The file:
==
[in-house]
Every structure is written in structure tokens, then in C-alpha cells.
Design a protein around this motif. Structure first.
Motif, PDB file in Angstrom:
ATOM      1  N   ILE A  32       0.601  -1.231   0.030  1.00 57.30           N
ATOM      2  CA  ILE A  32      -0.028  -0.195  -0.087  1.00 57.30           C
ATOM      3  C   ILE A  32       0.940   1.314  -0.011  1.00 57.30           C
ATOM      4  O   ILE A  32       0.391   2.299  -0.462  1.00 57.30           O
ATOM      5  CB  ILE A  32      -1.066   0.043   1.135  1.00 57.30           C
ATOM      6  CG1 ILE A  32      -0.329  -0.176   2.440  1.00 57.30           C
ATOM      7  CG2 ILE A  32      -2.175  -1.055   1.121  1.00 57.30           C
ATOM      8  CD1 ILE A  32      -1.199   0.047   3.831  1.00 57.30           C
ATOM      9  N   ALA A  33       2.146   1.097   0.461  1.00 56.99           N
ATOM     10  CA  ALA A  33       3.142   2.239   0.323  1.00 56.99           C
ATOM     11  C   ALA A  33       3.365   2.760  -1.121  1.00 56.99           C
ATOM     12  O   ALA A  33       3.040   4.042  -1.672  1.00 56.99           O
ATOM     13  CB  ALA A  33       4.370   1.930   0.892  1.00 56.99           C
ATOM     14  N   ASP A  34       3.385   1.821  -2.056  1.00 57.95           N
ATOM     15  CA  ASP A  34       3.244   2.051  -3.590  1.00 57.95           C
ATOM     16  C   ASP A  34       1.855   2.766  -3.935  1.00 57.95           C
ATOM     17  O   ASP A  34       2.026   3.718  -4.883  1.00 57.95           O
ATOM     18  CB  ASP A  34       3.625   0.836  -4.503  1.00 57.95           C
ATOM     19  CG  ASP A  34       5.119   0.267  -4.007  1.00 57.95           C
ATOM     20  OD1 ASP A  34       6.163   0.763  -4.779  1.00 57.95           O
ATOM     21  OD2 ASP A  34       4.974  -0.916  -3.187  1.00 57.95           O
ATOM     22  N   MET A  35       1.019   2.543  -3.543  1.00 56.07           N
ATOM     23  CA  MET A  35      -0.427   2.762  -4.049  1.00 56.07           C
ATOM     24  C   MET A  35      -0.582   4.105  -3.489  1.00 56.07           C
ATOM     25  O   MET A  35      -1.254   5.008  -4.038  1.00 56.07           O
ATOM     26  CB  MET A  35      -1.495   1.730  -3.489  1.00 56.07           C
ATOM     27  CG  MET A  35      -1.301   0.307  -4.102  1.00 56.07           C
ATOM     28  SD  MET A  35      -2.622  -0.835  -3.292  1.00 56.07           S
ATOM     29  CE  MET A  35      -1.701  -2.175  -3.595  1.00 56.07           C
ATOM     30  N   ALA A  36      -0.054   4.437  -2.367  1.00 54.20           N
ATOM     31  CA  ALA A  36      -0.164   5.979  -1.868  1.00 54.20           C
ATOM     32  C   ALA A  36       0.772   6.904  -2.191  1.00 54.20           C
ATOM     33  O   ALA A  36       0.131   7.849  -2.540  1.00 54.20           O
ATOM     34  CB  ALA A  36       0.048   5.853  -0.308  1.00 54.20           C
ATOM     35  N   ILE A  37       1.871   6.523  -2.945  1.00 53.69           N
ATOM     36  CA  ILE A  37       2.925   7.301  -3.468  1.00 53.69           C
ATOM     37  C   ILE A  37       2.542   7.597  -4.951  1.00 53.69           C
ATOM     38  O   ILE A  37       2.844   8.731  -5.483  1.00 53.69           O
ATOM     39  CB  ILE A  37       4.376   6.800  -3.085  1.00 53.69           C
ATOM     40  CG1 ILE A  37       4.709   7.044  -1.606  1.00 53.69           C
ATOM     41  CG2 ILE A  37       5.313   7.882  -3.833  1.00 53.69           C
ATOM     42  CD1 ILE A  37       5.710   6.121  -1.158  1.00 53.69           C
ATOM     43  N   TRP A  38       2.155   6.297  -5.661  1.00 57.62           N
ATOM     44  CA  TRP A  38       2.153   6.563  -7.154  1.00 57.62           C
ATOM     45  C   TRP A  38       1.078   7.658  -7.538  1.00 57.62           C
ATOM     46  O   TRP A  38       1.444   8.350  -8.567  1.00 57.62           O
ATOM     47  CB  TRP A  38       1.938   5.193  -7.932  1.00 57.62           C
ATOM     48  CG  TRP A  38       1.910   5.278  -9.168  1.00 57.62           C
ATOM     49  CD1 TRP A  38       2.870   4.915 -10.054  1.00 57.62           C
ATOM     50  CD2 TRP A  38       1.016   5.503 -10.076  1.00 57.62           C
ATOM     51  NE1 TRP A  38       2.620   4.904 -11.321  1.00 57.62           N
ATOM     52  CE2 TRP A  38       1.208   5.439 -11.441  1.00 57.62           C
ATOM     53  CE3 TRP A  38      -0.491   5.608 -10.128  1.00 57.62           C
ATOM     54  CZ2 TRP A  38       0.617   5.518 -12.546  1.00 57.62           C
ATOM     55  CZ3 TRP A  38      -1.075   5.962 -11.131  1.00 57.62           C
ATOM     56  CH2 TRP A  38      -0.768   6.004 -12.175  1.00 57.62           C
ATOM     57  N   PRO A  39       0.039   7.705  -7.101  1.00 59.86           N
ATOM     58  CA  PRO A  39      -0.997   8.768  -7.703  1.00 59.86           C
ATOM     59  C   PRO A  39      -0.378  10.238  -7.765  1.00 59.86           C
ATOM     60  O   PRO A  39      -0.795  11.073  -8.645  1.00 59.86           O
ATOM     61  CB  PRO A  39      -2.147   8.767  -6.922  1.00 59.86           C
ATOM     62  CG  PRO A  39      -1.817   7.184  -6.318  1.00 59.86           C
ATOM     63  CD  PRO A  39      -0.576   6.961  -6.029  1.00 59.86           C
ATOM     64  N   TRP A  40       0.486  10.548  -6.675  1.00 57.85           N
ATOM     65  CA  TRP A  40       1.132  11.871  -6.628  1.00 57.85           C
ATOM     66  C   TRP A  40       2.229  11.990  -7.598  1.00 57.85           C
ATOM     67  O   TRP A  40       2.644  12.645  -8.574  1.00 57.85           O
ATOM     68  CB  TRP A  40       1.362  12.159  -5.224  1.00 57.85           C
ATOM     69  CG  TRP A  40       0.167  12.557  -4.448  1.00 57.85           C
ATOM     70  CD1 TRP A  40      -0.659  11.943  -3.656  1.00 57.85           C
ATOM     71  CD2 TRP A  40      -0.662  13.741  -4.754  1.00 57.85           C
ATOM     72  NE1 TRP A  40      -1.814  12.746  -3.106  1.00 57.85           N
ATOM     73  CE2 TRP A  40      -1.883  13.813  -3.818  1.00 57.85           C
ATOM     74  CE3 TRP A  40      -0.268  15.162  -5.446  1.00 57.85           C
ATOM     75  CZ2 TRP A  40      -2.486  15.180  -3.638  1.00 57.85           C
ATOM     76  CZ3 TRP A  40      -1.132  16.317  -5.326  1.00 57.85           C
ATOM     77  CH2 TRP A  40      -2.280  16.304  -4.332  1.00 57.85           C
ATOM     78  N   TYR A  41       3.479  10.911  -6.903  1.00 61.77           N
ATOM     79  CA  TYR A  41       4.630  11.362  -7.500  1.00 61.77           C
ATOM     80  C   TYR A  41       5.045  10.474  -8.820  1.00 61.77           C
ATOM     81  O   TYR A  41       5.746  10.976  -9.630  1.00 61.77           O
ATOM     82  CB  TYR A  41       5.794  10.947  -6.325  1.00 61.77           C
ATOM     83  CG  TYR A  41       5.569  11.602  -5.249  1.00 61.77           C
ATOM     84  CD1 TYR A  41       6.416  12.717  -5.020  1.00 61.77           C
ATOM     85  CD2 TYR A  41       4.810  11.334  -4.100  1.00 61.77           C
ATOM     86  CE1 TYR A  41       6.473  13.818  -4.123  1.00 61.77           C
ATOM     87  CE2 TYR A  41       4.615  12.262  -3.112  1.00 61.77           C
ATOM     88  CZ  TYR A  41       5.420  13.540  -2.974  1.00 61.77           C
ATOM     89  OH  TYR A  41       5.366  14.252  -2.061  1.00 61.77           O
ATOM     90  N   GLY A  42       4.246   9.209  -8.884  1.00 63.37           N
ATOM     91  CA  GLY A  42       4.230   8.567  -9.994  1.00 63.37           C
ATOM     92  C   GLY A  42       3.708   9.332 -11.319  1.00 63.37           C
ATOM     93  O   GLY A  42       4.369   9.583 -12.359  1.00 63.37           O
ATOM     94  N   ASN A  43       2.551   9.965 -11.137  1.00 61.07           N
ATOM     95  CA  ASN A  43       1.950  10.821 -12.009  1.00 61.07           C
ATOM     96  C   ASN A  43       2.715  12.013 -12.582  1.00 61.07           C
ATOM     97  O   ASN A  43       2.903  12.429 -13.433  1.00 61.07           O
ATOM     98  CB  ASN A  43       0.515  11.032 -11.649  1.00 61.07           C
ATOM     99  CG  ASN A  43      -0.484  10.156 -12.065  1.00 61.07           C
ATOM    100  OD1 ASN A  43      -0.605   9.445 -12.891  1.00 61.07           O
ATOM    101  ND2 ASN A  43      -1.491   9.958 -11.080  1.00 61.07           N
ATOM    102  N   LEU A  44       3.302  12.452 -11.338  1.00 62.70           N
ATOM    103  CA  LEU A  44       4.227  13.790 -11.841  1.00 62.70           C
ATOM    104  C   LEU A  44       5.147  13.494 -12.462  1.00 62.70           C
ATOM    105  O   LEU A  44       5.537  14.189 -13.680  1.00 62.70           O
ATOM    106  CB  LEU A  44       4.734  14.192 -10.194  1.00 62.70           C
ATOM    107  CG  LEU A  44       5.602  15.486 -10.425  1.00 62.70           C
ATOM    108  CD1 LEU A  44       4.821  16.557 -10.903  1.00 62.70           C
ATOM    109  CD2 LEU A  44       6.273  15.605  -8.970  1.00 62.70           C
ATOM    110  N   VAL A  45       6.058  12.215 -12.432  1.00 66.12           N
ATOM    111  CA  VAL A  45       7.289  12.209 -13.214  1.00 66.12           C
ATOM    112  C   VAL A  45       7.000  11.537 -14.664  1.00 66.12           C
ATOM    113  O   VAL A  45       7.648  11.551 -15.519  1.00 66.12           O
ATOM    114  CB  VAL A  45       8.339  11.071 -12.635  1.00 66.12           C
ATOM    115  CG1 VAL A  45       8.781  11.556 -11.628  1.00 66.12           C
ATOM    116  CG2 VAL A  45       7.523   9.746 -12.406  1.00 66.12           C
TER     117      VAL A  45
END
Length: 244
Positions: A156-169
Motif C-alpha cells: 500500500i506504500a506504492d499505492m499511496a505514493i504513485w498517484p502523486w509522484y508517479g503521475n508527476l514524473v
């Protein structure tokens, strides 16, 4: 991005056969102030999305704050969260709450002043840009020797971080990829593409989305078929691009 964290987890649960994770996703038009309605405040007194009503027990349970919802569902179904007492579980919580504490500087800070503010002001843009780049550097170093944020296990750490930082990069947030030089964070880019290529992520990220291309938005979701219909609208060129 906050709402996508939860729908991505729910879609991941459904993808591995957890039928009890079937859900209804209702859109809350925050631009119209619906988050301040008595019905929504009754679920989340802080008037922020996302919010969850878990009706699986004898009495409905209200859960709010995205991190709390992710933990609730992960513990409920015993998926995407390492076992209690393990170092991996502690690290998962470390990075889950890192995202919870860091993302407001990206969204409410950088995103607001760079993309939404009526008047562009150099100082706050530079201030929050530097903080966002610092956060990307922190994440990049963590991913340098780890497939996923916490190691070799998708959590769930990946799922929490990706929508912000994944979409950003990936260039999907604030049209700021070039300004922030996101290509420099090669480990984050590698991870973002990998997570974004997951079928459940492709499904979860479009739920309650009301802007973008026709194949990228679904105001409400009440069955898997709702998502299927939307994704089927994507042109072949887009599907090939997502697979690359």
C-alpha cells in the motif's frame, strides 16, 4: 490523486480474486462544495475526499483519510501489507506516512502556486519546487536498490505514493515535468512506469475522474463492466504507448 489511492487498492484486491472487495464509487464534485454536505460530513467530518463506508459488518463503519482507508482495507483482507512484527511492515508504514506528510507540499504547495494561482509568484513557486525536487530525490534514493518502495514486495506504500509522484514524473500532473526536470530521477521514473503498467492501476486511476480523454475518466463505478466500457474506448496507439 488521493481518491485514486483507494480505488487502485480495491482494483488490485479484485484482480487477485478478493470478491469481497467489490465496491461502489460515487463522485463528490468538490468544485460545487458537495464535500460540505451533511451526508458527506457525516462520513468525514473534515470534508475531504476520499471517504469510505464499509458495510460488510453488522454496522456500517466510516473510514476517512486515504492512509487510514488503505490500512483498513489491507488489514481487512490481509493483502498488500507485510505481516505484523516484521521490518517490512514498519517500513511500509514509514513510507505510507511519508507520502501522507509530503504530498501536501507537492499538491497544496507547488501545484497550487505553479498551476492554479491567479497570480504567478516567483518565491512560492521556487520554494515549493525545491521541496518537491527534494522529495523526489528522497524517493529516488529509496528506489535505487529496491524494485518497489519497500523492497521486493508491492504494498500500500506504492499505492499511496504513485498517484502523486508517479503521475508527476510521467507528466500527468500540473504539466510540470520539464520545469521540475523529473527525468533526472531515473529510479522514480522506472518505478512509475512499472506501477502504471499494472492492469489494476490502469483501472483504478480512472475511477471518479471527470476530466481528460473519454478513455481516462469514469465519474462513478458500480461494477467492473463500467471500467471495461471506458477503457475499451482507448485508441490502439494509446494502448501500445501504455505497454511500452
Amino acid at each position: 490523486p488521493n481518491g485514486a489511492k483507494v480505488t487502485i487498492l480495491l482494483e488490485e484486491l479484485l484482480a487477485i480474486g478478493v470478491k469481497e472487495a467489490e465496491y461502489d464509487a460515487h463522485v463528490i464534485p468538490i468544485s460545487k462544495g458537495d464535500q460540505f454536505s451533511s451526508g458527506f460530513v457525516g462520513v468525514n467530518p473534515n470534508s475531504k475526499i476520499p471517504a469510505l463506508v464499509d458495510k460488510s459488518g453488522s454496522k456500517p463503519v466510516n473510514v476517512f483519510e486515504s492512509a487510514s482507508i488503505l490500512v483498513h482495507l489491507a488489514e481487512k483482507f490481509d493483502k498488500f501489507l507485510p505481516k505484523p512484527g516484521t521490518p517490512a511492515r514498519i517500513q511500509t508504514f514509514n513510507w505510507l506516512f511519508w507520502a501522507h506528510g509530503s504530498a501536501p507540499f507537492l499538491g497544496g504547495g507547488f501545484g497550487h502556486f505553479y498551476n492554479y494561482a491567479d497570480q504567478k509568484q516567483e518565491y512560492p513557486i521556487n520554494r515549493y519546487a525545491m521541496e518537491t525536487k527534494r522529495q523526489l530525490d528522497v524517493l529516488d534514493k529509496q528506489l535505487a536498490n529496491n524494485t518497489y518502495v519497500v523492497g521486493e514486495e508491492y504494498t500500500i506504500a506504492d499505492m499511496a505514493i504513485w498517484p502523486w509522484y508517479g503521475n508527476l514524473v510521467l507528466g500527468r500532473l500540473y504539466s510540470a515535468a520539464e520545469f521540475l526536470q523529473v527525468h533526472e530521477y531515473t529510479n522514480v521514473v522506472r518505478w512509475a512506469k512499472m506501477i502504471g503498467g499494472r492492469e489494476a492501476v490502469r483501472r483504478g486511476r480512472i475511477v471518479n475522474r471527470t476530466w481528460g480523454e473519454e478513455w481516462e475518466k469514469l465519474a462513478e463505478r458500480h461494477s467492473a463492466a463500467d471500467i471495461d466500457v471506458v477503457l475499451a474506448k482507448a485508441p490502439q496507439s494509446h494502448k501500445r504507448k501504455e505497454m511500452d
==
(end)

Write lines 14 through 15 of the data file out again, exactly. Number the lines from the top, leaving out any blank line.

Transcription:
ATOM     10  CA  ALA A  33       3.142   2.239   0.323  1.00 56.99           C
ATOM     11  C   ALA A  33       3.365   2.760  -1.121  1.00 56.99           C